- The experience of BioWare and EA, developer and publisher of multiplayer online role-playing game Star Wars: The Old Republic suggests that addressing problems of representation should probably not be done after the fact. While many were happy to hear the company would be introducing same-sex romance options to the game, the announcement received both the usual homophobic backlash as well as disappointment from same-sex romance supporters of how slowly and how poorly the gamers were accommodated. “These characters will only be available via Rise of the Hutt Cartel, an expansion pack to be released in Spring 2012 [sic], meaning that players will have to pay to be gay in the game. SGR will also only be limited to Makeb, a planet that has been dubbed as a “gay ghetto” by multiple media outlets.”
- The Daily Dot also wrote about two fans’ live-action remake of Toy Story and included Pixar employee tweets stating “Remember when being a big fan of a movie only meant you could quote all the dialogue?”
- Deirdre Macken of The Australian would likely prefer those fans of old. Lamenting “the extinction of literature’s audience”, she wrote “Instead of readers, a writer today will have fans who pay homage to the author by plagiarising their style in fan fiction. Instead of readers, a writer will have followers, for whom a retweet is as good as a read, user reviews (especially if mum knows her way around Amazon), festival audiences, theatre audiences and even corporate audiences, but few solitary sessions with a reader. The writer is downloaded into the library of good intentions but never read.” She also later adds “LOL, imagine linking SMS to literature” apparently unaware that writers have indeed published novels through tweets and texts since at least 2007.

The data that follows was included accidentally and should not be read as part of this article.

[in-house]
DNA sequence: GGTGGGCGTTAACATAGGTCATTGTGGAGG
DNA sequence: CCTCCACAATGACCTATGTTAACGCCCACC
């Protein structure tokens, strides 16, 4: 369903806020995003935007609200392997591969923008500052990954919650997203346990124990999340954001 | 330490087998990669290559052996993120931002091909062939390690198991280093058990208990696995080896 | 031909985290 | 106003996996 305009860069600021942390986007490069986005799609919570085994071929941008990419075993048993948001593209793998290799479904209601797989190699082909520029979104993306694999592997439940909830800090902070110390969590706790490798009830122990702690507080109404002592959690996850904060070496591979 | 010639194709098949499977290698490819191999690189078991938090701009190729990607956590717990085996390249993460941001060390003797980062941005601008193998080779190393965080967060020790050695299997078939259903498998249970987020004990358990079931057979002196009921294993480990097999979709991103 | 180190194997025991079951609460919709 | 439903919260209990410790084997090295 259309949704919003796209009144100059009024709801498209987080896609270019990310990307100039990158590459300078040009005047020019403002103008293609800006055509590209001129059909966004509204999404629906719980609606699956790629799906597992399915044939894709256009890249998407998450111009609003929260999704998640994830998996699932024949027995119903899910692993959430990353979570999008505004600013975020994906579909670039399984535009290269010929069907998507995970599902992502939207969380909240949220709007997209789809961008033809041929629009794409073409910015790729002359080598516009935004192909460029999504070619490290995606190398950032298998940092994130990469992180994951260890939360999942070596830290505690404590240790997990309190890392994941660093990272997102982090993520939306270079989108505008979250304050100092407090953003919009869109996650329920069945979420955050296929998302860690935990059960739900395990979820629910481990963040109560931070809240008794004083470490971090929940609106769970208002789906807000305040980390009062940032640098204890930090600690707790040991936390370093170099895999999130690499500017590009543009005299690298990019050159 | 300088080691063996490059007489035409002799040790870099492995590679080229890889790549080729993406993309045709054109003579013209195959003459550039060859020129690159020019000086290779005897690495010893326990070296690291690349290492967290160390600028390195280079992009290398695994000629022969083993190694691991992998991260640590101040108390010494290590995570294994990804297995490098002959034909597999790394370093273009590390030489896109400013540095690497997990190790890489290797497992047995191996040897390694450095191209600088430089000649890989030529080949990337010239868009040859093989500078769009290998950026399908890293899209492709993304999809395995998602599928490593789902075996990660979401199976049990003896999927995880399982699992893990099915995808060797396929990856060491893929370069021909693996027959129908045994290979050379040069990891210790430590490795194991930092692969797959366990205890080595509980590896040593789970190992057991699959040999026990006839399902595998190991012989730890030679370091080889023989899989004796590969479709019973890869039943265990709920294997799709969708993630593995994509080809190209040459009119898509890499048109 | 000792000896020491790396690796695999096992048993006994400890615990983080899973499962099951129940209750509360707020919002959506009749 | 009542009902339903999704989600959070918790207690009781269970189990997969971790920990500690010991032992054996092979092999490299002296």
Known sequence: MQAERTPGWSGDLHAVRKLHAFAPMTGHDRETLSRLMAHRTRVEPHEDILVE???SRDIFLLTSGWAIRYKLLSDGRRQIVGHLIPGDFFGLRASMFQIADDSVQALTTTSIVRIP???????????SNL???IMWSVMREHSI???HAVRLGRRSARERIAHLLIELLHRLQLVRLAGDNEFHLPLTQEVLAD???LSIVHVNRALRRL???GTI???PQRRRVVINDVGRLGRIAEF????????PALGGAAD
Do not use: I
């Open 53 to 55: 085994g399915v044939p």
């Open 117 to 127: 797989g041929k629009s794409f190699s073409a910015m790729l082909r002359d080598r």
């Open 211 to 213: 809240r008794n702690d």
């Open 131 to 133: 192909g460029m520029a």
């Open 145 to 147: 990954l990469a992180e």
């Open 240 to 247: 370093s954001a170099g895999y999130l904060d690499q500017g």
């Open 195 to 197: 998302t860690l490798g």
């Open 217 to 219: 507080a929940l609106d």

- Macken doesn’t seem to be the only one failing to keep up with cultural developments. Scott Sterling at Digital Trends thinks much the same of the TBS show King of the Nerds. “We all knew someone like the contestants described above, but somewhere along the line, we became them. Comic-book movies dominate theaters and fan-fic tops best-seller lists. Coding is widely practiced. Almost every person uses a computer on a daily basis, and half of us carry one in our pocket. The fact that mainstream culture has adopted nerds and their activities as their own is no revelation. The point is not that nerds are cool, as any commentary of The Big Bang Theory seems to end with, but rather that King of the Nerds makes it painfully obvious that we’re all nerds, at least in the traditional sense of the word that anyone of a certain generation grew up with.”
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